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Marie Winn

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  • Mendelssohn is on the Roof by Jiri Weil
    Mendelssohn is on the Roof (Paperback) Jiri Weil, Philip Roth

    Full of dark humour and bitter irony, this moving novel traces the transformation of ordinary lives during the Nazi occupation of Prague. Weil is a neglected master of European literature, and this is one of only two of his novels to be translated into English.

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  • The Goshawk by Marie Winn
    The Goshawk (English, Paperback) Marie Winn, T. H. White

    What is it that binds human beings to other animals? T. H. White, the author ofThe Once and Future King and Mistress Masham's Repose, was a young writer who found himself rifling through old handbooks of falconry. A particular sentence??the bird reverted to a feral state??seized his imagination, and, White later wrote, ?A longing came to my mind that I should be able to do this myself. The word...

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  • Red-Tails in Love by Marie Winn
    Red-Tails in Love (English, Paperback) Marie Winn

    A prize-winning nature columnist for The Wall Street Journal offers an updated account of the ornithological drama that unfolded when a pair of red-tailed hawks, Pale Male and Lola, built a nest atop an apartment building across from New York City's Central Park. Reissue.

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  • Plug in Drug by Marie Winn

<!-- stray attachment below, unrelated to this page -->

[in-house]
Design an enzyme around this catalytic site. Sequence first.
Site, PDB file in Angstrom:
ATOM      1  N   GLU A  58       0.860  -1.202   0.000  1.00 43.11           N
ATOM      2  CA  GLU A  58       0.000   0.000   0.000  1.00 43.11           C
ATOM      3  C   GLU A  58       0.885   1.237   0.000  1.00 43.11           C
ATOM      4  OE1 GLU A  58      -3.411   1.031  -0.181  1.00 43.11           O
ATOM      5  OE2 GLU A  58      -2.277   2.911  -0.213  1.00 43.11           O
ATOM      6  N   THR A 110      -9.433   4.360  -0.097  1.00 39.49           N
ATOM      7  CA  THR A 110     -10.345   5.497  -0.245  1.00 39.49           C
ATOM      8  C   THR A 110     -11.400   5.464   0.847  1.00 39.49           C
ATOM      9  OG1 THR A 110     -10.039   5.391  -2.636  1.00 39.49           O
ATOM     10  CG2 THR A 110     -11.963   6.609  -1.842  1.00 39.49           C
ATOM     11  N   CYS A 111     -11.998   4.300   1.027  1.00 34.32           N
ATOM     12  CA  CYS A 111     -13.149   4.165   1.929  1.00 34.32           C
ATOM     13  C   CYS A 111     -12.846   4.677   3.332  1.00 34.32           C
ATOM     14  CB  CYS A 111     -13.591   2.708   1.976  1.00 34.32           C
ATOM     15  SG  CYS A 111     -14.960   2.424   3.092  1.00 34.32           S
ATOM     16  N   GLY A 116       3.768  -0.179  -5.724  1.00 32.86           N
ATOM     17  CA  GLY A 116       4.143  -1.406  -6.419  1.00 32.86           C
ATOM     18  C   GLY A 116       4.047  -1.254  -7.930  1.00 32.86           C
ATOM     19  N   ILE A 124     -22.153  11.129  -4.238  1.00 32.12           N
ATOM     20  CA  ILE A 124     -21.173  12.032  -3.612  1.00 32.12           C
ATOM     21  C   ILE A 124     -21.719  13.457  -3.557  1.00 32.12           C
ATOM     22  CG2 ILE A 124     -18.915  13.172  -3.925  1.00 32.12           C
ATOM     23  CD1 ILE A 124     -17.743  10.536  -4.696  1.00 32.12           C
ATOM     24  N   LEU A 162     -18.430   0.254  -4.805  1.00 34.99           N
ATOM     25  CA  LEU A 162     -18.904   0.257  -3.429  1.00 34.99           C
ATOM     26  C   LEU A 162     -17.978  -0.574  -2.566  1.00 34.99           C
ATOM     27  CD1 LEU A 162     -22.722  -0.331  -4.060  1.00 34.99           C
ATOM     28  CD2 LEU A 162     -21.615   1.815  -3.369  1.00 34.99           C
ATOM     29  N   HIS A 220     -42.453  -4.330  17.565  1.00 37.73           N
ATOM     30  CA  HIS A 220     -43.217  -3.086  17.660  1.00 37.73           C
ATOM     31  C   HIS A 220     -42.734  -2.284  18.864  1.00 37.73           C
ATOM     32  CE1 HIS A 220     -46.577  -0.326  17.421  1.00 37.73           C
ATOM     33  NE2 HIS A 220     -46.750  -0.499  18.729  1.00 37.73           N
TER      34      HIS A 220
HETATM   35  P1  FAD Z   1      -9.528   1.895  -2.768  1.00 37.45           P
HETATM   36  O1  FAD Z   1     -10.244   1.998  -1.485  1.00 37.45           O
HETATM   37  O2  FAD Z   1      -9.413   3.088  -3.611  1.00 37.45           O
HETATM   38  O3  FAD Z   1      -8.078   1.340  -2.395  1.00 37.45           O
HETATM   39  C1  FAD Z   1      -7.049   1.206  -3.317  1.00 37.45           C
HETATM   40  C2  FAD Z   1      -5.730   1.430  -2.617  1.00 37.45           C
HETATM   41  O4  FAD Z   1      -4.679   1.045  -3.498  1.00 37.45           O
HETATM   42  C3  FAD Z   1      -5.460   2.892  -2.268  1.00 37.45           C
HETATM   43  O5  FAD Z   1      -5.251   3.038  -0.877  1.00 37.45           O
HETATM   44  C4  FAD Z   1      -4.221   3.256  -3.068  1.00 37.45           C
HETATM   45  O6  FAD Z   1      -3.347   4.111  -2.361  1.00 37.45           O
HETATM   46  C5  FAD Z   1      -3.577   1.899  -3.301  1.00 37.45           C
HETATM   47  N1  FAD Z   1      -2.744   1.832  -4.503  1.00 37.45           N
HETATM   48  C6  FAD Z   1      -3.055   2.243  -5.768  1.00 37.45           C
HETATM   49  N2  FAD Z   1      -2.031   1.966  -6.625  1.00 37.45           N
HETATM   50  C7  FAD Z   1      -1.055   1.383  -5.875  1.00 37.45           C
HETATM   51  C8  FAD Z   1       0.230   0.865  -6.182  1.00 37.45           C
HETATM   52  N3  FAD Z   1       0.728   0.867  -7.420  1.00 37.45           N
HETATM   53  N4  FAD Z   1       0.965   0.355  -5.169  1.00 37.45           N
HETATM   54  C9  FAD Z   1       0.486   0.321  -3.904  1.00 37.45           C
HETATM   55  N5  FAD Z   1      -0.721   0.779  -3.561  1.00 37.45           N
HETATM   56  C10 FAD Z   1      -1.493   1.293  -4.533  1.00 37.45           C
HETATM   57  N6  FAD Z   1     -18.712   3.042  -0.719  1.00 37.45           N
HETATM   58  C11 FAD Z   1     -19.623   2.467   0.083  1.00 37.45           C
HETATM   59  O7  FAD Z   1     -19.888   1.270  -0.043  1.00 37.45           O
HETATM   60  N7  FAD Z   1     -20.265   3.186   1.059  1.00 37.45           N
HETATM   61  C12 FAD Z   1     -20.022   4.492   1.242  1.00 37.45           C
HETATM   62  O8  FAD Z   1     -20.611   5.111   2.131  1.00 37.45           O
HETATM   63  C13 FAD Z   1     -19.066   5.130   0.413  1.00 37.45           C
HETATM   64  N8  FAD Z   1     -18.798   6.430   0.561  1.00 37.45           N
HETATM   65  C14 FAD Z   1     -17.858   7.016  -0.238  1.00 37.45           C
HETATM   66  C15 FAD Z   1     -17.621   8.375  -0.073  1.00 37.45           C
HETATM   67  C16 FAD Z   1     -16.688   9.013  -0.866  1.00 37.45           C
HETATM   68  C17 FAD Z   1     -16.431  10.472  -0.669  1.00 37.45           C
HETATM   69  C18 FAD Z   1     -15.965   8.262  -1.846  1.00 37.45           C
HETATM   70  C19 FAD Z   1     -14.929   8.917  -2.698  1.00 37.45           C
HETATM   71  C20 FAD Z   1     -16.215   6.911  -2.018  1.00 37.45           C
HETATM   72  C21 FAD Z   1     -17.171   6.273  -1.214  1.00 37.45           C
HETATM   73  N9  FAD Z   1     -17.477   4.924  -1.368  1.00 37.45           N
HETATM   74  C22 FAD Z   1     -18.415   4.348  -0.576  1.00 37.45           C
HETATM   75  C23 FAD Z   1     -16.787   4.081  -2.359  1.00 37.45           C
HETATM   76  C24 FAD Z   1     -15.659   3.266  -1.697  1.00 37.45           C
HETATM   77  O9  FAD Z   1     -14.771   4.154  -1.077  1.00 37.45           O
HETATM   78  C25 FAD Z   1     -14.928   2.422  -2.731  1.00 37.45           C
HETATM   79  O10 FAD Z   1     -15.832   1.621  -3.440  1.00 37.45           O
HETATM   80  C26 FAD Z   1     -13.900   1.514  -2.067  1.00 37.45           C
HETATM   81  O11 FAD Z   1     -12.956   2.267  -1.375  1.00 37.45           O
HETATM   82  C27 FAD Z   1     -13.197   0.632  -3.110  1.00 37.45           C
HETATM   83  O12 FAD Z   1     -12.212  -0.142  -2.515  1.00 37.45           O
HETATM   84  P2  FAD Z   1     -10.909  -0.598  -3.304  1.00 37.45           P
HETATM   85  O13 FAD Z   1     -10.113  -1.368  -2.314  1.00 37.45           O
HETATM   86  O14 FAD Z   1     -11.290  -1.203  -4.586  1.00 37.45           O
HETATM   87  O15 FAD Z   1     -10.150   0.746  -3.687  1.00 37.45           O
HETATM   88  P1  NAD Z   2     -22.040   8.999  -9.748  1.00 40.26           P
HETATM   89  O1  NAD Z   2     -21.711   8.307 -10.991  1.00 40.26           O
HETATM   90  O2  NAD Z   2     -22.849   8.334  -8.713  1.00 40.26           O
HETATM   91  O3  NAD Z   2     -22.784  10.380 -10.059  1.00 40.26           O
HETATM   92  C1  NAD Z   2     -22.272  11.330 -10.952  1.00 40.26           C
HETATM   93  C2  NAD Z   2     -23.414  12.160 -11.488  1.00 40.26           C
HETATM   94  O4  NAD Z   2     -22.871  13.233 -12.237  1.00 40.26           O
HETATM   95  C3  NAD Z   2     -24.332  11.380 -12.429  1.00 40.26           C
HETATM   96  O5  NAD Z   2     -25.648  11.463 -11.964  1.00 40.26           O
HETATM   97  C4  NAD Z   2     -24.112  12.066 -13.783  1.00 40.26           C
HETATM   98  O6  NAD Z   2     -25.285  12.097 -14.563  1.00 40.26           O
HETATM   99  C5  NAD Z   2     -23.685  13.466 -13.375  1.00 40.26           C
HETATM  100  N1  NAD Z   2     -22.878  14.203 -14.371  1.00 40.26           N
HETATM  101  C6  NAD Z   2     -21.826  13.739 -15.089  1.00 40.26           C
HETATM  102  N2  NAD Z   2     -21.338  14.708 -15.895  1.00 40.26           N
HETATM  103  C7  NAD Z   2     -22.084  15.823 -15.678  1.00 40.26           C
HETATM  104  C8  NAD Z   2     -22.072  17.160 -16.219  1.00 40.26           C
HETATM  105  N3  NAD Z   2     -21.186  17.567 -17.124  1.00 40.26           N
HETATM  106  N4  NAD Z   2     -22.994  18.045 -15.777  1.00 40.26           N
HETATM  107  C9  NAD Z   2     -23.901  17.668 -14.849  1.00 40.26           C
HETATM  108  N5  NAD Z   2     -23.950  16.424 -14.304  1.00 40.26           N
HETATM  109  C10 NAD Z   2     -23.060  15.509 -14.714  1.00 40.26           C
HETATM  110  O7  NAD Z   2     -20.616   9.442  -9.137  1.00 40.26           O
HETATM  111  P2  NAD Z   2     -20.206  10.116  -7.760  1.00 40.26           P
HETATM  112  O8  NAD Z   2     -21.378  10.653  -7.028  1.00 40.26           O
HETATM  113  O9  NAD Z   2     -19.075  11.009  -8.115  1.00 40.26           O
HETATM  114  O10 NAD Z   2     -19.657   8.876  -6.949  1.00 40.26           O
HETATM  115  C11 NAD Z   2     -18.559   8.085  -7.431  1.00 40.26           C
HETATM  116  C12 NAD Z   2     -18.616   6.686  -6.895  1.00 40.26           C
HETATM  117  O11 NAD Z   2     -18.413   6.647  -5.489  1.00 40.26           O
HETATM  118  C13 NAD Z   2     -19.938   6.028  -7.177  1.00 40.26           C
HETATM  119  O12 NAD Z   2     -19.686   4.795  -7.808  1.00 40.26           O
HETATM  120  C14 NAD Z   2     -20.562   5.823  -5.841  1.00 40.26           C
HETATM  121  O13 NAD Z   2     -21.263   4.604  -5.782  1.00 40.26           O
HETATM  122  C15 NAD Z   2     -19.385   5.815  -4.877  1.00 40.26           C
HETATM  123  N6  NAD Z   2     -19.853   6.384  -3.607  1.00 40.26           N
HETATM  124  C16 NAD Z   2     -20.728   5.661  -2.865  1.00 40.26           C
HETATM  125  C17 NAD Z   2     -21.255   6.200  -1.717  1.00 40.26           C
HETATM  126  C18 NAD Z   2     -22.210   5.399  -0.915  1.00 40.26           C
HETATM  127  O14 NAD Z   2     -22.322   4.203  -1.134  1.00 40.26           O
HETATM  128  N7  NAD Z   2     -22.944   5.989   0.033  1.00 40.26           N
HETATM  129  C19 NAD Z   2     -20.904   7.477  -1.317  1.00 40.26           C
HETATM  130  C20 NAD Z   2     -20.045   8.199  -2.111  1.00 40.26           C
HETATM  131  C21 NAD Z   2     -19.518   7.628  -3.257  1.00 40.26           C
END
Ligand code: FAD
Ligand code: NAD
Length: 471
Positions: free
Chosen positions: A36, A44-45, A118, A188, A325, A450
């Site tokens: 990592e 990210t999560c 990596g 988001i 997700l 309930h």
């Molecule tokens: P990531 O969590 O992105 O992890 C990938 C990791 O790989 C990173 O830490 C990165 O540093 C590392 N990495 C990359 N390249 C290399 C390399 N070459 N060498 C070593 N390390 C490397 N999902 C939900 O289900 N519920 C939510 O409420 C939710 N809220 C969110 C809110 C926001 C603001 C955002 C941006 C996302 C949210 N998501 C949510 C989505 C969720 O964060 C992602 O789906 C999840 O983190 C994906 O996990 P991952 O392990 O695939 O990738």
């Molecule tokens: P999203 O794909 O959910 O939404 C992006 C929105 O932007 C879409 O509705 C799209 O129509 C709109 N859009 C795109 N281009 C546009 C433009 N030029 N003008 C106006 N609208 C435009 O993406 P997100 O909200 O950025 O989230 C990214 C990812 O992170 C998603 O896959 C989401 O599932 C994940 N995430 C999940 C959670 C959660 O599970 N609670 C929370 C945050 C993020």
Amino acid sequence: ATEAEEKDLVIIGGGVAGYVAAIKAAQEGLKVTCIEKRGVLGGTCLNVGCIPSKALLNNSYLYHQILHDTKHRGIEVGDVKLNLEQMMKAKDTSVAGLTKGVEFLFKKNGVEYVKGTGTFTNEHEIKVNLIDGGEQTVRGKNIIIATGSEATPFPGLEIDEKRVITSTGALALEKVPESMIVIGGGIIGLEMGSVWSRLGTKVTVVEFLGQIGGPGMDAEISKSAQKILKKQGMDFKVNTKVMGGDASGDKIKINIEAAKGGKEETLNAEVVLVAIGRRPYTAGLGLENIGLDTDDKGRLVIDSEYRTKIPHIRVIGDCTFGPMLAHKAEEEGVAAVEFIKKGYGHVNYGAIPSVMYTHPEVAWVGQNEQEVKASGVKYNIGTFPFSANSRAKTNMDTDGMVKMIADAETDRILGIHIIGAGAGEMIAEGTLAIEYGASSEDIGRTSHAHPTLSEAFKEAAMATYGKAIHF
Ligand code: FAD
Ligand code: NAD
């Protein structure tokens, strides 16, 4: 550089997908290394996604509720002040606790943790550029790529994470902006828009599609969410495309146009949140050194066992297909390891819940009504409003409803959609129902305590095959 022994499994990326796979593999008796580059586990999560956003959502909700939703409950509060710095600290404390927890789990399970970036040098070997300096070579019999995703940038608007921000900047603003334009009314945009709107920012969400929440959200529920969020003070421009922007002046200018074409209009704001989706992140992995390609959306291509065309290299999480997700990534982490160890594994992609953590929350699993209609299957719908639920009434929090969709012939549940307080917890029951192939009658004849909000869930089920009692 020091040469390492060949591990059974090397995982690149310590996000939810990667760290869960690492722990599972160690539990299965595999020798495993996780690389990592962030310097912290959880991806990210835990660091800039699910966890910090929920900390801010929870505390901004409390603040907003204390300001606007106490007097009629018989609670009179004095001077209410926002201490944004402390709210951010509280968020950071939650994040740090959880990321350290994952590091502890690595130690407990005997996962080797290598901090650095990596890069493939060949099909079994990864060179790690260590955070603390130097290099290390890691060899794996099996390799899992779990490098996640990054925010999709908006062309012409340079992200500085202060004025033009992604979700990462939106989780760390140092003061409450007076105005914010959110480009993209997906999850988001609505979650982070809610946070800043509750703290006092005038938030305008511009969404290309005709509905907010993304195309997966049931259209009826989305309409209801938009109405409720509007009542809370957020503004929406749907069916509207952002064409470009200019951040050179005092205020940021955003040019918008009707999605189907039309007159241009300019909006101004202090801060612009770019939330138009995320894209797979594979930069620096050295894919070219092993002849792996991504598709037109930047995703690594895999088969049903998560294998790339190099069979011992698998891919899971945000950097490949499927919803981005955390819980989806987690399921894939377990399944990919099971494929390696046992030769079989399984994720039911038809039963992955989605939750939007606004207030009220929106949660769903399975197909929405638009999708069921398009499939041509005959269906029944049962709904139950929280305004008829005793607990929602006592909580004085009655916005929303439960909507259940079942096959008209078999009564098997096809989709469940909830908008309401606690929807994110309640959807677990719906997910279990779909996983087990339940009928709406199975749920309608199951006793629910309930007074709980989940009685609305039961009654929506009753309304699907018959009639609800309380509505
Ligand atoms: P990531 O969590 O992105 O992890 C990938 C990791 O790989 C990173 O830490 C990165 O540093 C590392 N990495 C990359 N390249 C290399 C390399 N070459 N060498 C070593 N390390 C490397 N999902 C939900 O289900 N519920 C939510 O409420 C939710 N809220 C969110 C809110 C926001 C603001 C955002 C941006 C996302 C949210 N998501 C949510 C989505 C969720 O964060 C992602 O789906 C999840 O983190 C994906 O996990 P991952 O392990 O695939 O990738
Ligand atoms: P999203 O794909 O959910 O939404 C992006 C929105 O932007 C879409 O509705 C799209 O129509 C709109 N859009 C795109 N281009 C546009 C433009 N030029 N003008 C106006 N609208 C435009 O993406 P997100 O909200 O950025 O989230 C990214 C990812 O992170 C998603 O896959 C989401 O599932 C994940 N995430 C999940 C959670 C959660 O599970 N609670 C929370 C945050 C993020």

Plug in Drug (English, Paperback) Marie Winn

    How does the passive act of watching television and other electronic media-regardless of their content-affect a developing child's relationship to the real world? Focusing on this crucial question, Marie Winn takes a compelling look at television's impact on children and the family. Winn's classic study has been extensively updated to address the new media landscape, including new sections on:...

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  • Temptation by Vaclav Havel
    Temptation (Multiple languages, Paperback) Vaclav Havel, Voclav Havel

    In his most challenging work to date, Czech playwright Vaclav Havel has given the Faust legend a provocative twist. His setting is 'the Institute, ' whose mission is to combat the 'irrational tendencies' in society through its scientific work. Personal and professional relationships at this 'lighthouse of truthful knowledge' are a tissue of lies and sycophancy in which all concerned willingly collude.

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